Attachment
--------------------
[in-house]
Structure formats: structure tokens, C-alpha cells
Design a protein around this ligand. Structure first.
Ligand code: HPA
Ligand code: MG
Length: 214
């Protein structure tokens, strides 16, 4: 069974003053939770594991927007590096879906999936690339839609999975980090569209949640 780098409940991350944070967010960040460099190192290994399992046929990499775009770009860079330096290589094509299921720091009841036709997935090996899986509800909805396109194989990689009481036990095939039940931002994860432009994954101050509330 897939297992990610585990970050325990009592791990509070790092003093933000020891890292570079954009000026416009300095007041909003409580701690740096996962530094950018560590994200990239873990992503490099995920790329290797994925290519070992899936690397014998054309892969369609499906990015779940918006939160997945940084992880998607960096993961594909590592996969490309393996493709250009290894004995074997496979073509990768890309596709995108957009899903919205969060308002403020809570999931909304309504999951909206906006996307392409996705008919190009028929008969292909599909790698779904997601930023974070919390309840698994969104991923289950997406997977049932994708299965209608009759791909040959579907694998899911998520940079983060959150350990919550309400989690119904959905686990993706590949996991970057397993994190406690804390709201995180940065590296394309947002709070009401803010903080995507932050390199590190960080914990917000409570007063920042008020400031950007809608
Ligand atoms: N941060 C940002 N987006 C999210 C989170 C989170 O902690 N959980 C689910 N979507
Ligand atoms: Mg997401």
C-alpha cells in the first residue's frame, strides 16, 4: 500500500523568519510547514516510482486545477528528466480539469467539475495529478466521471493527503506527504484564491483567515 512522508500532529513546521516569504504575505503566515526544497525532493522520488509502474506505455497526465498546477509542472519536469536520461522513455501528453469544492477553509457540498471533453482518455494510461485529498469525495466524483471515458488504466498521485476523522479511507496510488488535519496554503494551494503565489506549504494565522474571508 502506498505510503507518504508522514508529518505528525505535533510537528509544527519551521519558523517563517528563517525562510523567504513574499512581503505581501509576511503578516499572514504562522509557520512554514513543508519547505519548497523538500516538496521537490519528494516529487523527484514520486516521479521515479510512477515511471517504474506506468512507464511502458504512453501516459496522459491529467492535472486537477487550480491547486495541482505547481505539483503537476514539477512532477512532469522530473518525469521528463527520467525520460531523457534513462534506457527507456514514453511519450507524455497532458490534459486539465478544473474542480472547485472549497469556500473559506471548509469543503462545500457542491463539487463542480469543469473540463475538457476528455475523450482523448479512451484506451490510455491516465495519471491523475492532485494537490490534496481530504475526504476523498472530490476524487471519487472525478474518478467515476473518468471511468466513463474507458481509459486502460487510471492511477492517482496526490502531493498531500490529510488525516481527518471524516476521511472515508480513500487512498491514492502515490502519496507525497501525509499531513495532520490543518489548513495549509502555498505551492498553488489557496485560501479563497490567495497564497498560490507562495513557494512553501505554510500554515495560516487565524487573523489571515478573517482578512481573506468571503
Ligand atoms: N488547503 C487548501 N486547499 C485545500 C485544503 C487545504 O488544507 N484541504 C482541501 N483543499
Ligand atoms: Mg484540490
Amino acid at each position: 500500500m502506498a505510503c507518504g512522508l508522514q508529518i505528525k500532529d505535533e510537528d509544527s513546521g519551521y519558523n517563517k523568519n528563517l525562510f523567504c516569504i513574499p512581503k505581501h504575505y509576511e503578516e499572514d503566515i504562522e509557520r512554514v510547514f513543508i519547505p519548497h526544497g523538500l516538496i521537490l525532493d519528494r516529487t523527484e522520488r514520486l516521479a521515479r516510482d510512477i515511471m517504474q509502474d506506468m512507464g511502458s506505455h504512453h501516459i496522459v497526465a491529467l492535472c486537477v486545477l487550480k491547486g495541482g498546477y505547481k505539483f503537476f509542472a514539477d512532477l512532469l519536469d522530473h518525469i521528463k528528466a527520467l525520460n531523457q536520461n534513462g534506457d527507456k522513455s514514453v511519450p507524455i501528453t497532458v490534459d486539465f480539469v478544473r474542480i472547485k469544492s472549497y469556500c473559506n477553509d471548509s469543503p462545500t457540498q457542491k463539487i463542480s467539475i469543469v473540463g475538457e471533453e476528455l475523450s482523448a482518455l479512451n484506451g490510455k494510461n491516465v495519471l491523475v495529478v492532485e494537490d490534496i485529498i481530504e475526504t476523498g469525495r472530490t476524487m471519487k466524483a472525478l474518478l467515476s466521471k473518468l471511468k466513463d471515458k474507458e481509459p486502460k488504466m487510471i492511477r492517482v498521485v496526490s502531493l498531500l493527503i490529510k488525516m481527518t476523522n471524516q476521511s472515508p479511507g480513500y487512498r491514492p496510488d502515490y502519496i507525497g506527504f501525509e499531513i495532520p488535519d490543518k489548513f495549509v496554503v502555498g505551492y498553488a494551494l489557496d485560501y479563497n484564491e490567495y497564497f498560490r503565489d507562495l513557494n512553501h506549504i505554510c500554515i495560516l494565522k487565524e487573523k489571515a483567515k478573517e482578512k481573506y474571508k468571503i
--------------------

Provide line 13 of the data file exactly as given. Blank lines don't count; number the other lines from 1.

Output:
Amino acid at each position: 500500500m502506498a505510503c507518504g512522508l508522514q508529518i505528525k500532529d505535533e510537528d509544527s513546521g519551521y519558523n517563517k523568519n528563517l525562510f523567504c516569504i513574499p512581503k505581501h504575505y509576511e503578516e499572514d503566515i504562522e509557520r512554514v510547514f513543508i519547505p519548497h526544497g523538500l516538496i521537490l525532493d519528494r516529487t523527484e522520488r514520486l516521479a521515479r516510482d510512477i515511471m517504474q509502474d506506468m512507464g511502458s506505455h504512453h501516459i496522459v497526465a491529467l492535472c486537477v486545477l487550480k491547486g495541482g498546477y505547481k505539483f503537476f509542472a514539477d512532477l512532469l519536469d522530473h518525469i521528463k528528466a527520467l525520460n531523457q536520461n534513462g534506457d527507456k522513455s514514453v511519450p507524455i501528453t497532458v490534459d486539465f480539469v478544473r474542480i472547485k469544492s472549497y469556500c473559506n477553509d471548509s469543503p462545500t457540498q457542491k463539487i463542480s467539475i469543469v473540463g475538457e471533453e476528455l475523450s482523448a482518455l479512451n484506451g490510455k494510461n491516465v495519471l491523475v495529478v492532485e494537490d490534496i485529498i481530504e475526504t476523498g469525495r472530490t476524487m471519487k466524483a472525478l474518478l467515476s466521471k473518468l471511468k466513463d471515458k474507458e481509459p486502460k488504466m487510471i492511477r492517482v498521485v496526490s502531493l498531500l493527503i490529510k488525516m481527518t476523522n471524516q476521511s472515508p479511507g480513500y487512498r491514492p496510488d502515490y502519496i507525497g506527504f501525509e499531513i495532520p488535519d490543518k489548513f495549509v496554503v502555498g505551492y498553488a494551494l489557496d485560501y479563497n484564491e490567495y497564497f498560490r503565489d507562495l513557494n512553501h506549504i505554510c500554515i495560516l494565522k487565524e487573523k489571515a483567515k478573517e482578512k481573506y474571508k468571503i